Cultural heritage at the oldest scientific library in Norway

Test Houses at Gløshaugen

By on 28. August 2015 in Pictures, Private archives, UBedu with 0 Comments
Forsøkshus anno 2015. Foto: Nils Kristian Eikeland/NTNU UB

Test houses, 2015. Photo: Nils Kristian Eikeland/NTNU UB

Research on energy efficient housing is one of the long lines of our university’s history. A zero emissions house, ready for inhabitation and research from 1 October 2015, joins a long tradition of test houses at Gløshaugen. For almost 100 years ago, Andreas Fredrik Bugge, professor of house construction learning, raised 27 test houses on the western plateau, behind the main university buildling. The project was initiated by Bugge in 1917 and most of the houses were completed by 1919. Measurements commenced in 1920.

In 1922, after two years of research, Bugge wrote the report «Test houses raised at the Norwegian Technical College, Trondheim. Result of testing with wall constructions and materials for warm and reasonable housing», and a main conclusion was that «Wooden houses are cheaper to heat than concrete housing and significantly cheaper to heat than conrete housing with outer walls of compact 1 ½ stone». The impact of double glazed windows showed a 20% reduction of energy use and therefore significant economic savings.

Professor Bugge therefore recommended that it should be mandatory by law for all rooms constructed for continued use by people to be fitted with double glazed windows. Bugge also pointed out that this was the first time measurements of this kind had been made of wall constructions by means of test houses raised outside a lab, and therefore exposed to natural conditions.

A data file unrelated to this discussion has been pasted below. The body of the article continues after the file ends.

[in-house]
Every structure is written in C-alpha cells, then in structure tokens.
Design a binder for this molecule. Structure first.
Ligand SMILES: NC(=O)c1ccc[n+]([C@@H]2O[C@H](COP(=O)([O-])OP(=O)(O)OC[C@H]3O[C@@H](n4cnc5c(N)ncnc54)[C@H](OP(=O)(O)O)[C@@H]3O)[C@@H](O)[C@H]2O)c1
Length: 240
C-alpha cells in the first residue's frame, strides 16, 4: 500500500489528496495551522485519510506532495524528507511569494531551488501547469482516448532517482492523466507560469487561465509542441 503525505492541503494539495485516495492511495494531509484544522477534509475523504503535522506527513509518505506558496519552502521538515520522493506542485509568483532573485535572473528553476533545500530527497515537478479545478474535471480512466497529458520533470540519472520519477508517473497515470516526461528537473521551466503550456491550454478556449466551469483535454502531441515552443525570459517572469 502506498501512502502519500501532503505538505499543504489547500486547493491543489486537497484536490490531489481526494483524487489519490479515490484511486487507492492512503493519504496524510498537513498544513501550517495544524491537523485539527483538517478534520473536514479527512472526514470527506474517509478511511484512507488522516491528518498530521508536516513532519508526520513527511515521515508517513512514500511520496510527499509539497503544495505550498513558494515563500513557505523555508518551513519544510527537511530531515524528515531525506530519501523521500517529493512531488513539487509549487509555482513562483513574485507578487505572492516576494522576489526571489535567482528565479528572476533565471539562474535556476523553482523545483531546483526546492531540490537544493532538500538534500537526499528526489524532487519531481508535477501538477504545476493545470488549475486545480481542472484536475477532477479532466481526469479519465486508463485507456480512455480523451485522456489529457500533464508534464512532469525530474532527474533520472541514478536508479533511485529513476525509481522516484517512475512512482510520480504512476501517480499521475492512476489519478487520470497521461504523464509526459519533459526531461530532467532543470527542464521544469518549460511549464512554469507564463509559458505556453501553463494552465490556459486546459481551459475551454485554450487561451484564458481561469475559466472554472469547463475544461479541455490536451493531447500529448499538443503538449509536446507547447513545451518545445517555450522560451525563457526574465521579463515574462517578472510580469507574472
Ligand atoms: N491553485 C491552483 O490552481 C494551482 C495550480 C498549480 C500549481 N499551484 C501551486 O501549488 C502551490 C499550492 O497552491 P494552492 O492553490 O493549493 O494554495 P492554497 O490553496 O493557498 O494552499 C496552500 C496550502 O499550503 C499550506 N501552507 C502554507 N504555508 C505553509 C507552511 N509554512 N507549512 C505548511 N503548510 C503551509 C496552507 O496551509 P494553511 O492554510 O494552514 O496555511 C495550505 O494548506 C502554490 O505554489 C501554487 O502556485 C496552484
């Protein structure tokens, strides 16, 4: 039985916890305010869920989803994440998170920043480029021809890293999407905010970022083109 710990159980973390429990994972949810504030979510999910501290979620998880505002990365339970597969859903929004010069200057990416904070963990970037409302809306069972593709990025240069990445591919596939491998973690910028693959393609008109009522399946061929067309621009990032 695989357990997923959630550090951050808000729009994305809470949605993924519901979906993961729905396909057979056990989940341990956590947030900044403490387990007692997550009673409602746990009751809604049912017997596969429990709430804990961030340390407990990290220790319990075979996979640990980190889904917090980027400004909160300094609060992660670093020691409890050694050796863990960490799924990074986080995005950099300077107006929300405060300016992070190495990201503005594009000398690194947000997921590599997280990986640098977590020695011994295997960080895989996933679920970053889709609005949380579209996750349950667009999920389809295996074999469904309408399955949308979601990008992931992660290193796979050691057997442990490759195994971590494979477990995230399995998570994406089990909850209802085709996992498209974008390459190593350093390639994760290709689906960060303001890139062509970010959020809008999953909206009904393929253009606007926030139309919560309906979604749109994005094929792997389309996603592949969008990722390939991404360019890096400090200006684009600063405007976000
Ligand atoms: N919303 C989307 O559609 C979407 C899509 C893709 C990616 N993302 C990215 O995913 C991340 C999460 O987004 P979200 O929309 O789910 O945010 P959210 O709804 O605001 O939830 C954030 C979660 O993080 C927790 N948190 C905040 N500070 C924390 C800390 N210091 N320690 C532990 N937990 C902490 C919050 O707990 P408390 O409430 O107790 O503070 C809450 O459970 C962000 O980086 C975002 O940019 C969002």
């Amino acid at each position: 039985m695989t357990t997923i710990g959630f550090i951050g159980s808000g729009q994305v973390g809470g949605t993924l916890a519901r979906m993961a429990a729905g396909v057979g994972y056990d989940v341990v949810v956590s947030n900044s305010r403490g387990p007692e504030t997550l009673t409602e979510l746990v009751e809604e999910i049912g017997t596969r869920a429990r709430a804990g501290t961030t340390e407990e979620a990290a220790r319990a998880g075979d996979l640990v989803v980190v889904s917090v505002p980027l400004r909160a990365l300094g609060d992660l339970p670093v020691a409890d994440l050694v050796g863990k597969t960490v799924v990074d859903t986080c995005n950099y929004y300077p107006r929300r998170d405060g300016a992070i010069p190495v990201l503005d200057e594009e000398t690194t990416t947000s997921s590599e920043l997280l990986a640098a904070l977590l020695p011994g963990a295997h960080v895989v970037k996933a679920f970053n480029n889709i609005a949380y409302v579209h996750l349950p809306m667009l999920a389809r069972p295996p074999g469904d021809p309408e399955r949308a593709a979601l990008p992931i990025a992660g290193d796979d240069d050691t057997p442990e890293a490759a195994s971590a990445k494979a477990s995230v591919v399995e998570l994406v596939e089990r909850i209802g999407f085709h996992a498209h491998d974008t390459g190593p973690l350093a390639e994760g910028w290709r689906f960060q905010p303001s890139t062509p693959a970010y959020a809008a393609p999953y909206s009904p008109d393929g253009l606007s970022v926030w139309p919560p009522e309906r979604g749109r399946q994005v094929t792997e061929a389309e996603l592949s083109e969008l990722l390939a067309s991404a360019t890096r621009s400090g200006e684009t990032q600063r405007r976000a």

When the University Library collected historical archive material in the attic of the main building, we found a photograph dated 14 October 1919 that shows the test houses with a written description of the various houses.

Photograph showing a row of test houses at Gløshaugen, Trondheim.

Test houses, 1919. Photo: Schrøder/NTNU UB.

The library has several archives containing information about the test houses. One part of professor Bugges archive is correspondence between the Ministry of Social Affairs and physics professor Sem Sæland about the test houses. Sæland was responsible for the heat technical measurements in the houses. There are more documents about this work in his archive.

Architect Jakob P. Holmgren succeeded Bugge as professor in 1930. In Holmgrens archive there is documentation of his work related to the test houses, and the following photograph of their construction.

Photograph showing test houses under construction.

Test houses during construction. Photo: Unknown. Archive reference: NTNU UB, Tek-0011 Jakob P. Holmgren Box 57, folder G 0003.

 

Litterature:

  • Helge Solberg [red.] (2011): Arkitektur i hundre. Arkitektutdanningen i Trondheim 1910-2010
  • Andreas Fredrik Bugge (1922): Forsøkshuser opført ved Norges tekniske høiskole, Trondhjem. Resultat av forsøk med vægkonstruktioner og materialer for bygning av varme og billige boliger
  • Dinside.no: Gratis og miljøvennlig i 25 dager

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